Over a 26-year career, Areta Wilkinson has developed a rich art practice in which personal adornment and object- making are considered in relation to mātauranga Māori (Māori knowledge systems). The artist's recently completed PhD study signalled new ways for how contemporary jewellery practice might be understood in Aotearoa New Zealand, and how a Māori voice might offer a counter-narrative to the current discourse.1
It is generally regarded that the tribal group known as Ngāi Tahu embarked on a later migration to Te Waipounamu (New Zealand's South Island) that then amalgamated with the earlier indigenous settlers of Waitaha, Kāti Māmoe, Rapuwai and Hāwea peoples. All peoples recall longstanding whakapapa (genealogical) ties to the land and to each other. Through these relationships, Wilkinson recalls her connection to these earlier peoples, known simply as the 'Moa Hunters', a term first coined by twentieth-century ethnologist Roger Duff.2
Today, all manner of Māori cultural material can be found in the great museums of the world. Museums are repositories of taonga (treasured items) of Aotearoa New Zealand's colonial past, and are a critical site of inquiry for the artist. Investigating collections of the personal adornments, related tools and technologies of her people in institutions at home and internationally, Wilkinson explores the importance of making relationships to both an extensive lineage of makers and to their material knowledge.
For 'The 9th Asia Pacific Triennial of Contemporary Art' (APT9), Wilkinson presented a contemporary mahinga kai, a site of cultural production, in reference to Ngāi Tahu traditional places of manufacture, such as stone quarries.3 Her series 'Moa-hunter Fashions' 2018 is a place of cultural production complete with tools, creations and midden. The exhibited works are fashioned using tools and technology similar to that of her ancestors. The artist assembled a set of archaic implements for her jeweller's kit comprised of 3-D-printed replicas of original artefacts held at the Museum of Archaeology and Anthropology, University of Cambridge. The tools — like the river stones used as anvil stones and the adornments themselves — carry meaning and memory. In this way, Wilkinson connects to a specific cultural history and creates continuity with particular methods and knowledge of making.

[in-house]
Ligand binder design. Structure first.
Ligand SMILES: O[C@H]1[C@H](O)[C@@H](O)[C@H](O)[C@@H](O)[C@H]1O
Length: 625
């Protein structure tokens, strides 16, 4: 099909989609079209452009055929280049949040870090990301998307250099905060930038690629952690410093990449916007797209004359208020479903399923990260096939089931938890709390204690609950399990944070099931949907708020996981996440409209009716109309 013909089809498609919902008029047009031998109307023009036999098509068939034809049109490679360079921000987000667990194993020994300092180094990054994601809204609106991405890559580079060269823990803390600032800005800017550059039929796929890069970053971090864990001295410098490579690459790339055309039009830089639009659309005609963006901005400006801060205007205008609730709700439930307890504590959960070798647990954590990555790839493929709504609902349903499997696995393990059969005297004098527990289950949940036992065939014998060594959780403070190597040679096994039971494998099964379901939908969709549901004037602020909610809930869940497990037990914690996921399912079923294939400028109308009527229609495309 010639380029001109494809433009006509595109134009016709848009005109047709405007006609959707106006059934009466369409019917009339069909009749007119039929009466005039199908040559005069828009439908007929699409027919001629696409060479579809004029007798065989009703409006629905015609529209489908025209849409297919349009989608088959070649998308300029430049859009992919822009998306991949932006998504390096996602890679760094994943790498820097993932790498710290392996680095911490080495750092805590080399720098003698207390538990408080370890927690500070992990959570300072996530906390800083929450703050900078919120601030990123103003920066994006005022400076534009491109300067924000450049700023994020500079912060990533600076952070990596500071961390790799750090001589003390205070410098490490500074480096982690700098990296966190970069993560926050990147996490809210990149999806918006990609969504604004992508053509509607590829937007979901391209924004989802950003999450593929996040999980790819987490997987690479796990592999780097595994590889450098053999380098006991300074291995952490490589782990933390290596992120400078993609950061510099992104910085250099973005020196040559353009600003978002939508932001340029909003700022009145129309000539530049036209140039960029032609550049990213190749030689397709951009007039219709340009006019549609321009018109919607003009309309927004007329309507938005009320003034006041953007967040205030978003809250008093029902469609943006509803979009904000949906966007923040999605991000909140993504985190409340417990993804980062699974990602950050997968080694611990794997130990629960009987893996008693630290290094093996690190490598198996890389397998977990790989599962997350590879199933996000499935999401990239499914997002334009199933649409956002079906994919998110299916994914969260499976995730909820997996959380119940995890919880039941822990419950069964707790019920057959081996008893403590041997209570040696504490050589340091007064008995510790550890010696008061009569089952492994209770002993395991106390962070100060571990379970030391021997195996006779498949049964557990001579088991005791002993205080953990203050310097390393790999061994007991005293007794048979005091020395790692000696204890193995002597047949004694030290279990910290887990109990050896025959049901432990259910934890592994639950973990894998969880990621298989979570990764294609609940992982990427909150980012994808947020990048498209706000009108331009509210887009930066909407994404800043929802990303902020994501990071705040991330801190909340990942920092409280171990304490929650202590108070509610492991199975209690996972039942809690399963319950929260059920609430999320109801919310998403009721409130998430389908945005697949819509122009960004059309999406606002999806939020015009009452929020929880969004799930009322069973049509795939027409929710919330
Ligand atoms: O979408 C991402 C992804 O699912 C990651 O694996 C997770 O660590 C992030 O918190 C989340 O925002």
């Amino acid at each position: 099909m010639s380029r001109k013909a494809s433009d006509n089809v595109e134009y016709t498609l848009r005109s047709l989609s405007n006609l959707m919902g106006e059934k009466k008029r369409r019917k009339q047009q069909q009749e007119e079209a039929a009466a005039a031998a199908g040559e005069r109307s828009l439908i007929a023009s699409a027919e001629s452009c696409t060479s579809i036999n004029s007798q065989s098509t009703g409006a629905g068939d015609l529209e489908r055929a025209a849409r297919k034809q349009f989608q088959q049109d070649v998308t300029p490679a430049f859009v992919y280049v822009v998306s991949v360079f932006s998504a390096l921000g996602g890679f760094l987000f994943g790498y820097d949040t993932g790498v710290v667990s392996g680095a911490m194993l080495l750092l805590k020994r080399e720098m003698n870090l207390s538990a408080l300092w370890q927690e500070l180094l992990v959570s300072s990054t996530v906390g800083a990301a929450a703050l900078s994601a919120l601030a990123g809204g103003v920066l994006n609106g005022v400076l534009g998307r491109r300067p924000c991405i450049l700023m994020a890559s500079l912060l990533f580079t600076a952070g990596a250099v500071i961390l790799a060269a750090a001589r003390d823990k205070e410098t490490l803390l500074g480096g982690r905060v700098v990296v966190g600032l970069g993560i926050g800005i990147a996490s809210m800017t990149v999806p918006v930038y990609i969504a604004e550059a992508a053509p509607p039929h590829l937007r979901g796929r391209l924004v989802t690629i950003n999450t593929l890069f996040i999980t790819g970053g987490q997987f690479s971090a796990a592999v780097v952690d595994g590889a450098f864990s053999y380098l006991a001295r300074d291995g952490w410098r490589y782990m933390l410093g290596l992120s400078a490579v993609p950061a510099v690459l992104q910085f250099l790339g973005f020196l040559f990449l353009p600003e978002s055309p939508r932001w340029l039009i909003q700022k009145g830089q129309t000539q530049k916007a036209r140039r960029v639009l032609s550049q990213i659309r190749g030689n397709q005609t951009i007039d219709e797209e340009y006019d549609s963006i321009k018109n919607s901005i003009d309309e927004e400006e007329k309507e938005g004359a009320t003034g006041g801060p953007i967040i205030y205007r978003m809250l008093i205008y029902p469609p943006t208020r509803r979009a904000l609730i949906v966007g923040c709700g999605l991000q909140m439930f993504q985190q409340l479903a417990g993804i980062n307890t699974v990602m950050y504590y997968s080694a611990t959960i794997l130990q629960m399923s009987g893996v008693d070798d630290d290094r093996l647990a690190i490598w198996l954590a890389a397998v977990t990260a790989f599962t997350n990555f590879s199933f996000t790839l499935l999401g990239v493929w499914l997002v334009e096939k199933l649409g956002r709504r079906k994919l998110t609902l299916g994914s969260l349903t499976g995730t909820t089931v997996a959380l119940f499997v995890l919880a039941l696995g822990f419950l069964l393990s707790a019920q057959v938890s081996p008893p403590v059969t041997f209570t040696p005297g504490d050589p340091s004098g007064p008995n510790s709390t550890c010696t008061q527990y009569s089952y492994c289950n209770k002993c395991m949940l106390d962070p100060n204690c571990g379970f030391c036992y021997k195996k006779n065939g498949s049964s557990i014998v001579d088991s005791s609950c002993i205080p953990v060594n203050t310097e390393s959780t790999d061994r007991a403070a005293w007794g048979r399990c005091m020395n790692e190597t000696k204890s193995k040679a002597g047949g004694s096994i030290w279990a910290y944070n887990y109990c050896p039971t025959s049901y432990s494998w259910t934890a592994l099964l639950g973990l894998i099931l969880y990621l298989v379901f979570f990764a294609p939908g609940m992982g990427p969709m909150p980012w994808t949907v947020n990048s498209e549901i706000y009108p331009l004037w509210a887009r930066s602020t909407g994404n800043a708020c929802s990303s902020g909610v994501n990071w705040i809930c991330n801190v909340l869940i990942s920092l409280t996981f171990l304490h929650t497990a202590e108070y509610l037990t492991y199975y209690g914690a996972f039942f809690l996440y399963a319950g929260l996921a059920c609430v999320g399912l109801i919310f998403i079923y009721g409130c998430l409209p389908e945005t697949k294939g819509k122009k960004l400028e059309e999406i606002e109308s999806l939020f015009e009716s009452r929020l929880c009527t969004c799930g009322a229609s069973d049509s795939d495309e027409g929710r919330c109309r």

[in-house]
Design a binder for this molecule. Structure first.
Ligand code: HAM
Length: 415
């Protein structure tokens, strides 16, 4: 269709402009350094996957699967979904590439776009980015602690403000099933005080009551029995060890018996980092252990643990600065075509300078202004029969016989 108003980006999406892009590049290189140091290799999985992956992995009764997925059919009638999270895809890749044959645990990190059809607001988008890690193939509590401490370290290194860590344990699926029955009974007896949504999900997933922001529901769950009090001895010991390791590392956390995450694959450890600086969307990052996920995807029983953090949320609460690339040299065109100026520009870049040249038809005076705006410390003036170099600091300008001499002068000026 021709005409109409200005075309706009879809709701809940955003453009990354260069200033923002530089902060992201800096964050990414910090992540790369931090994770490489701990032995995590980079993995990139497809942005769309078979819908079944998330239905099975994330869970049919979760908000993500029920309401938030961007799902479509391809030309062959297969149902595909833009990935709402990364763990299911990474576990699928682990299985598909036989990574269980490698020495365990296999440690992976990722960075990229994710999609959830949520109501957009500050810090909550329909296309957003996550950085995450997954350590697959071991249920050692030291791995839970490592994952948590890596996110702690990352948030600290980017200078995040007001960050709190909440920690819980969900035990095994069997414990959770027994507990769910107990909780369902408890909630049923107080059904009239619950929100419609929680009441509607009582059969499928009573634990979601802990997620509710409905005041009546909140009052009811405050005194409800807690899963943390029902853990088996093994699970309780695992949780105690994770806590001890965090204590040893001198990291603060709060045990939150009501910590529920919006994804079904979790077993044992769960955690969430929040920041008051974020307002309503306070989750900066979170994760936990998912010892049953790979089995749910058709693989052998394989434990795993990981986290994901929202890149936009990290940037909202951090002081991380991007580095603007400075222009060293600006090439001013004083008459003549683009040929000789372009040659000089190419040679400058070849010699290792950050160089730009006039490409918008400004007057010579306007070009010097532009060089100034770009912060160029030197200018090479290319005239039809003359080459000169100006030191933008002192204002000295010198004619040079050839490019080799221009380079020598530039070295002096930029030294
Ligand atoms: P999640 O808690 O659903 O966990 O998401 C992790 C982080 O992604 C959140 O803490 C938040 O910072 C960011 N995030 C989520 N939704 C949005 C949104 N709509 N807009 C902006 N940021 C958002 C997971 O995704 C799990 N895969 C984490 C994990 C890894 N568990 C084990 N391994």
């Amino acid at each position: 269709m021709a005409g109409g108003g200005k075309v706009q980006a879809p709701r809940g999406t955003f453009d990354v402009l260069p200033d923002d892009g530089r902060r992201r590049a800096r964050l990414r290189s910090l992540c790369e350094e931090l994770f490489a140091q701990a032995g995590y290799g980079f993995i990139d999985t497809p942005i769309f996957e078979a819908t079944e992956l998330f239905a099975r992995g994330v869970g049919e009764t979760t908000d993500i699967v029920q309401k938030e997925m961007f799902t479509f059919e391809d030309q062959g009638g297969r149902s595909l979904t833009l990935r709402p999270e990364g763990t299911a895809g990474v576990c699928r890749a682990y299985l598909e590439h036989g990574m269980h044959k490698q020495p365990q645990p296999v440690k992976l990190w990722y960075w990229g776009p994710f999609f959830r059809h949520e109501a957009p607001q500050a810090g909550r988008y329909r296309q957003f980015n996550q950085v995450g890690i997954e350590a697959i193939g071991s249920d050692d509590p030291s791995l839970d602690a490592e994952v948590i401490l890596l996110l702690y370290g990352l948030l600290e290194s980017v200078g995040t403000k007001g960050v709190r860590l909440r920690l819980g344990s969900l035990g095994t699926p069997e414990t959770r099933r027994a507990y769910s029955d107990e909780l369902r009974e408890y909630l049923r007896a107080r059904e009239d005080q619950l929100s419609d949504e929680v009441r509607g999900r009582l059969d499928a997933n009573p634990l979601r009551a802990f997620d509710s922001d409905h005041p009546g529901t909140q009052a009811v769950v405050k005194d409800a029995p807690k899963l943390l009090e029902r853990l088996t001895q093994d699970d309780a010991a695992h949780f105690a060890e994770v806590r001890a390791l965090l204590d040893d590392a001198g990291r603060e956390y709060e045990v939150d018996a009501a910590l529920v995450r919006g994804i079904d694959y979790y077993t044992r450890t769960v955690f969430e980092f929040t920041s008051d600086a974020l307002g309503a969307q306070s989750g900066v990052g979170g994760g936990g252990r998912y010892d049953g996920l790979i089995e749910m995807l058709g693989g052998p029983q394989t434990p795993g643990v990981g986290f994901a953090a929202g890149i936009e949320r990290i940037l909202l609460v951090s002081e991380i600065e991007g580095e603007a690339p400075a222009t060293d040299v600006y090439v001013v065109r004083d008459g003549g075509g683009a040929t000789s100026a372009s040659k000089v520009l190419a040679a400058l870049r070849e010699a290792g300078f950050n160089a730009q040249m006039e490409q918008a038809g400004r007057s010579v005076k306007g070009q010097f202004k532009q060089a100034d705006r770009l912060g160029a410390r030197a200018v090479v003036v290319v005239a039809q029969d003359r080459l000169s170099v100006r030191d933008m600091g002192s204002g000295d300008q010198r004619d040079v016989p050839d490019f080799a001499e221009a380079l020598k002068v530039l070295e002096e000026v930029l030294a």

Wilkinson forges precious metals on anvil stones sourced from two ancestral boundaries near her home — the major Waimakariri River and the smaller Rakahuri River. The fine metals bear the rough textures that the hammer stone has imprinted upon their surfaces. These are the marks of the land; in fact, they are the land and the land then becomes part of these new forms made into personal objects worn on the body. Replicas of stone tools also shape and mark fragments of locally sourced clay. Through this approach, Wilkinson's objects are also holders of whakapapa, or genealogical connection.
In her work, Wilkinson reclaims the museum processes of the collection and exchange of cultural material — her fabrication of replicas offers a way of complicating these narratives and gives new meaning to the role of the replica. Wilkinson attests that these new objects also carry meaning, connection and memory that is activated by whakapapa and personal relationships.
'Moa-hunter Fashions' goes beyond reflecting on the aesthetic nature of forms to consider the nature of the sites and the materials involved in the production of body adornment. The creation of the work is informed by visiting these sites and by observing the time-honoured practice of making in relationship to the land. Areta Wilkinson explores making by working with concepts of time and memory, and she ponders how yesterday's making is created anew through the assertions of descendent communities and their present-day aspirations, thereby crossing and collapsing different understandings.
Nigel Borell and Zara Stanhope
1 Areta Wilkinson, Jewellery as Pepeha: Contemporary jewellery practice informed by Māori inquiry, PhD thesis, Massey University Te Kunenga Ki Pūrehuroa, New Zealand.
2 Moa were flightless birds once endemic to New Zealand that became extinct; her works include Moa Hunter Fashions: Vertebra I, II, III 2017. See Roger Duff, The Moa-Hunter Period of Māori Culture [3rd edn], EC Keating, Government Printer, Wellington, 1977.
3 Mahinga kai are customary food and resource gathering places and practices
Press release courtesy Two Rooms.